Studies show that emotional distress that result from trauma or abuse if it is not addressed or treated increases the likelihood of the victims tending towards criminal behaviour. The clichéd statement that states ‘hurting people hurt others’ has been proven true by such cases as the one portrayed on aboriginal communities above (August, Rook and Newsom, 2007). In many cases child abuse perpetrated especially by authority figures results in a distorted view of the world instilling such negative emotions as hatred, fear, desperation, hopelessness and apathy. These are often the main contributing emotions to bad behavioural choices. While not all criminals have had poor experiences growing up, many of them have either experienced neglect, abuse or trauma.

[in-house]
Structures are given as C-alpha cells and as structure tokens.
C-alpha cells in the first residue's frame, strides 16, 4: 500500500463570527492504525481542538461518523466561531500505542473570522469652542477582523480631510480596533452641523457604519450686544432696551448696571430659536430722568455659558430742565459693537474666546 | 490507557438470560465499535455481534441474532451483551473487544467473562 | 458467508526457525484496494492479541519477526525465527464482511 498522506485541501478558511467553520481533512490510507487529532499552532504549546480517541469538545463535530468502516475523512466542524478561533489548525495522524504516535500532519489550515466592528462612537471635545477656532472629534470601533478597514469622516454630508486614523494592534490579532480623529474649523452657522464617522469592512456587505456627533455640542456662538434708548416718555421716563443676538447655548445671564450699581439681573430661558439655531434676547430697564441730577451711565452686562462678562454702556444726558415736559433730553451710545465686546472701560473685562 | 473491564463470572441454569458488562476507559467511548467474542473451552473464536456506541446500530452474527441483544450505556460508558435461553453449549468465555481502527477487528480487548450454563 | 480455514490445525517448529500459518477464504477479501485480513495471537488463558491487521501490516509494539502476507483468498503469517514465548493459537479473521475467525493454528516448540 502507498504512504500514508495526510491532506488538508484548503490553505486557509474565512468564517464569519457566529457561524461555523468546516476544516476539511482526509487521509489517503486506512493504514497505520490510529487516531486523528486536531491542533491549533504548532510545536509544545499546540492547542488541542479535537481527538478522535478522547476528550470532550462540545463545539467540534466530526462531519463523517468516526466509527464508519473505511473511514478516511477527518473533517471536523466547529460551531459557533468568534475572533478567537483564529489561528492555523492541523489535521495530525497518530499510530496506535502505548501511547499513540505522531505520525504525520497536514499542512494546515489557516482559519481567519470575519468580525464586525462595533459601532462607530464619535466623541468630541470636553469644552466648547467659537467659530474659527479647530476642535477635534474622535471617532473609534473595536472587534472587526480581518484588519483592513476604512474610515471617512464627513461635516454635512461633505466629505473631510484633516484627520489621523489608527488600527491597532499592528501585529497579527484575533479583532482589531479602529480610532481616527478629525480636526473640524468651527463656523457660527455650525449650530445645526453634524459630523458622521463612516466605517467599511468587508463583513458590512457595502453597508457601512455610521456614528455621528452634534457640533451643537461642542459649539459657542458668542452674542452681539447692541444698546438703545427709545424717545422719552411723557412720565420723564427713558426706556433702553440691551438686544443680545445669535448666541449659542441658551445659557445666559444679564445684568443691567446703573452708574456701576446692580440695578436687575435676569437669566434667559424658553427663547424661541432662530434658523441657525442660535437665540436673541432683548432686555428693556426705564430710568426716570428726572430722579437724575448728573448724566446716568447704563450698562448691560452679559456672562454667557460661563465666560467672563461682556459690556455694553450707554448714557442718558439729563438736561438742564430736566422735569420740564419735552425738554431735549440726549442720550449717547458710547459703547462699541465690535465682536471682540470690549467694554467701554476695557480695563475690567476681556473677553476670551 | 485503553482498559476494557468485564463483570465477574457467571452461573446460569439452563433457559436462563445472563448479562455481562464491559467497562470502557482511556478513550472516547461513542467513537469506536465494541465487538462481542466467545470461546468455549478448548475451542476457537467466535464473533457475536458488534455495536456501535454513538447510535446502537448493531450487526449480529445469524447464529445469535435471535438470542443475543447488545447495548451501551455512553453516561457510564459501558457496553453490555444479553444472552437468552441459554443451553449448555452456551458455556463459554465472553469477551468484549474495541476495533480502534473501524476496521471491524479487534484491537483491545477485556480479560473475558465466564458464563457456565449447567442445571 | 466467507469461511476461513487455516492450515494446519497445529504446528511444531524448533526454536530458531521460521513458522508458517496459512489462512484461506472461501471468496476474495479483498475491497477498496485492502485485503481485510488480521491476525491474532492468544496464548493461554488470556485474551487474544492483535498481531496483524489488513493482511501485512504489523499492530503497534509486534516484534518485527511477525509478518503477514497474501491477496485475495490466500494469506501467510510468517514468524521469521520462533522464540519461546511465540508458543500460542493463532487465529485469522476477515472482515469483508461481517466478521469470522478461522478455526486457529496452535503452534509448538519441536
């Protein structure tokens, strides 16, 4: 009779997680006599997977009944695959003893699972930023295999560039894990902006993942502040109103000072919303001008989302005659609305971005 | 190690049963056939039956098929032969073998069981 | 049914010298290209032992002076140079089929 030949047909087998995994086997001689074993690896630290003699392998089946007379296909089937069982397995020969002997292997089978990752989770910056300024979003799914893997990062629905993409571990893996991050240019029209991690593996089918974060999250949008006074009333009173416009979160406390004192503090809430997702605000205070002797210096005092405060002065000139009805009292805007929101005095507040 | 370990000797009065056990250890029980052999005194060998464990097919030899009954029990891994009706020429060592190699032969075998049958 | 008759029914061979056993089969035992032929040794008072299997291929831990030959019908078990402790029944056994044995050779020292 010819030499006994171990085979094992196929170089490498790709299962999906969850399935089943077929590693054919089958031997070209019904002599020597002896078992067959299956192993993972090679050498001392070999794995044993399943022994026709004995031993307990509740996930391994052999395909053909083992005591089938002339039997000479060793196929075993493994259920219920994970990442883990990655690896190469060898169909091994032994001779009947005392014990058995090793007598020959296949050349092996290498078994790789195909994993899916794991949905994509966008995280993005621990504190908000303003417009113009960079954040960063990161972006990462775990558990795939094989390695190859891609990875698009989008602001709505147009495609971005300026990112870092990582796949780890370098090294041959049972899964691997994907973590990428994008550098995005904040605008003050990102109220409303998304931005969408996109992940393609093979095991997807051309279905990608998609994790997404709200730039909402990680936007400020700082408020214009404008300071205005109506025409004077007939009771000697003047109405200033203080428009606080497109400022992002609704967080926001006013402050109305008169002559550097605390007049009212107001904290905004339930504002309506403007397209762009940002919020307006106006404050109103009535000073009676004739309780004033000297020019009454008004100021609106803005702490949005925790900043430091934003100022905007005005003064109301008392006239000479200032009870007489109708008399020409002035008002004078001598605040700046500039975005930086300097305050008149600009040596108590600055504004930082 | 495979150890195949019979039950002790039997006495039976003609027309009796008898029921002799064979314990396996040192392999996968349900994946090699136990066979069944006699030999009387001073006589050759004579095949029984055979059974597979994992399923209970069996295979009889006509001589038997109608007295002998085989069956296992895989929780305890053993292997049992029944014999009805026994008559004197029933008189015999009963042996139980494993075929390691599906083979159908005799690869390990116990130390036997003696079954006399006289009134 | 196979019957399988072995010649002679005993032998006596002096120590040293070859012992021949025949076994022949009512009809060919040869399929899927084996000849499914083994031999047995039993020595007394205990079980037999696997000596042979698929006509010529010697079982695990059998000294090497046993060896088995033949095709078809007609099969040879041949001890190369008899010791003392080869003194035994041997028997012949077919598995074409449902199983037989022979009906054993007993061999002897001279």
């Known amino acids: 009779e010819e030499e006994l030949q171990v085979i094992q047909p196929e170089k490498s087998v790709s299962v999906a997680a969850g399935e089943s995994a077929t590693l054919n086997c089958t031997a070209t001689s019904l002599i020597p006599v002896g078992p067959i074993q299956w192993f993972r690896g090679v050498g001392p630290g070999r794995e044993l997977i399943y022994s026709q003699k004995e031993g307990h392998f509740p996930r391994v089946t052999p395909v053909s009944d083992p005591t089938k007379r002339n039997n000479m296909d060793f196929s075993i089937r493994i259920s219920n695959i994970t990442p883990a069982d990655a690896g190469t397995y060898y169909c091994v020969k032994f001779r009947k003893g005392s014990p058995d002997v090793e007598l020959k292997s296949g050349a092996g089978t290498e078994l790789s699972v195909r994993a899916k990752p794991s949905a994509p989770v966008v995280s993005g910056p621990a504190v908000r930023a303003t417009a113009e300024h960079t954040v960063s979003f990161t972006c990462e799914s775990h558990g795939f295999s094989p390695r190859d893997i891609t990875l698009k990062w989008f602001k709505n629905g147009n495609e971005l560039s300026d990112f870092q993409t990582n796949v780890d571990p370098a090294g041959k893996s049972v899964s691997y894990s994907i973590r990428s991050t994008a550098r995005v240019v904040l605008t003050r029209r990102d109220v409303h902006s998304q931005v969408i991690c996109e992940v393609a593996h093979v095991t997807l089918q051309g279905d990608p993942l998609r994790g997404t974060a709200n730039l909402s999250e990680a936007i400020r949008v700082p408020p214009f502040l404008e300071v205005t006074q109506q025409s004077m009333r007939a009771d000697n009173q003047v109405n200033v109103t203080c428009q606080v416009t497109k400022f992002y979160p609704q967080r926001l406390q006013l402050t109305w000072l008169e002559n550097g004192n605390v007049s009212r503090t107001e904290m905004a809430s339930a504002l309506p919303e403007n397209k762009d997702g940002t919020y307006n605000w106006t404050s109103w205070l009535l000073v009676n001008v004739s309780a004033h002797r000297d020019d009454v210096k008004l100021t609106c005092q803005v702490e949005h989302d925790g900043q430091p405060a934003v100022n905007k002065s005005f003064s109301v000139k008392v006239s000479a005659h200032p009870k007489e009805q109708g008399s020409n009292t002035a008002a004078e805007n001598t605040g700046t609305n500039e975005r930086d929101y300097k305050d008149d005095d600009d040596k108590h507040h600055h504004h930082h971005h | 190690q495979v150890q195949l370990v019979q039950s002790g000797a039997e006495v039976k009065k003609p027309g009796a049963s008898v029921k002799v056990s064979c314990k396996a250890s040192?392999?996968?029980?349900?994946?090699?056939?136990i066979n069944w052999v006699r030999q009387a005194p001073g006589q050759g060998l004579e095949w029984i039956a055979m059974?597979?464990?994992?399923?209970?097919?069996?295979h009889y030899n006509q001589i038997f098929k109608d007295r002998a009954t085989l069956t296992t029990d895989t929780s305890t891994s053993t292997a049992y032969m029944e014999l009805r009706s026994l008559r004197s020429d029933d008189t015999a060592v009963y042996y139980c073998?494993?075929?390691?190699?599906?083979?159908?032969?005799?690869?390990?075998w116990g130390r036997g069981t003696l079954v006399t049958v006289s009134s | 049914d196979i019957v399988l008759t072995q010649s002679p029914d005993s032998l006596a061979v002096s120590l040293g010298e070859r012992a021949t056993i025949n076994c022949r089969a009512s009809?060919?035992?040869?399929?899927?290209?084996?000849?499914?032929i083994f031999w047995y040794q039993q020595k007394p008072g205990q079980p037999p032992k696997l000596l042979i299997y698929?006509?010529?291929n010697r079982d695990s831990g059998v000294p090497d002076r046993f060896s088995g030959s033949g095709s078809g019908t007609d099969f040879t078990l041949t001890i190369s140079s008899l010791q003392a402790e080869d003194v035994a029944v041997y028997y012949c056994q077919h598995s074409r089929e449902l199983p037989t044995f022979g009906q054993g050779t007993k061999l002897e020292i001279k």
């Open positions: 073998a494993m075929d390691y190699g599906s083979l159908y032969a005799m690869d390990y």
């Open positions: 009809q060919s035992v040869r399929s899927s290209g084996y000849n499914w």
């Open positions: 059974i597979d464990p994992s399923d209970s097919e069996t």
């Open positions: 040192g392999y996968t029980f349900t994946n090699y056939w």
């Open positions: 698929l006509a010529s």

The second identified root cause of unsafe communities is poverty due to the lack of empowerment. Lack of empowerment which results in a lack of relevant skills places people in a disadvantaged position when it comes to finding employment. Poverty has been found to be positively strongly correlated with crime. It results in desperation that makes people a lot more prone to succumb to illegal activity to make a living. Additionally, the stress that results from being unable to properly fend for oneself or one’s loved ones has been found to make people a lot more apathetic and predisposed to taking more dangerous risks (Coffin, 2007). Young people from poor backgrounds are a lot more likely to engage in violent behaviour. Psychologically, this disposition towards engaging in violence has been explained as a way in which young people from poor backgrounds feel empowered and attain status among their peers. When their esteem is threatened especially by being looked down upon for suffering something that is no fault of their own, they experience an aggressive urge to establish their own sense of self-worth and raise their status among peers. Aboriginal communities have for a long time been plagued with poverty stemming especially from their way of living that was modern education averse. Lack of education and skills relevant to the modern world is also a contributing factor crime. Their inability to secure well-paying jobs owing to their low education levels and poor skill has encouraged a disposition towards illegal means of making a living. Recently, many of them have realized the utter necessity of acquiring a modern education, but this has not been incorporated in a rate that is fast enough to counter the vast state of illiteracy and lack of skill in their communities.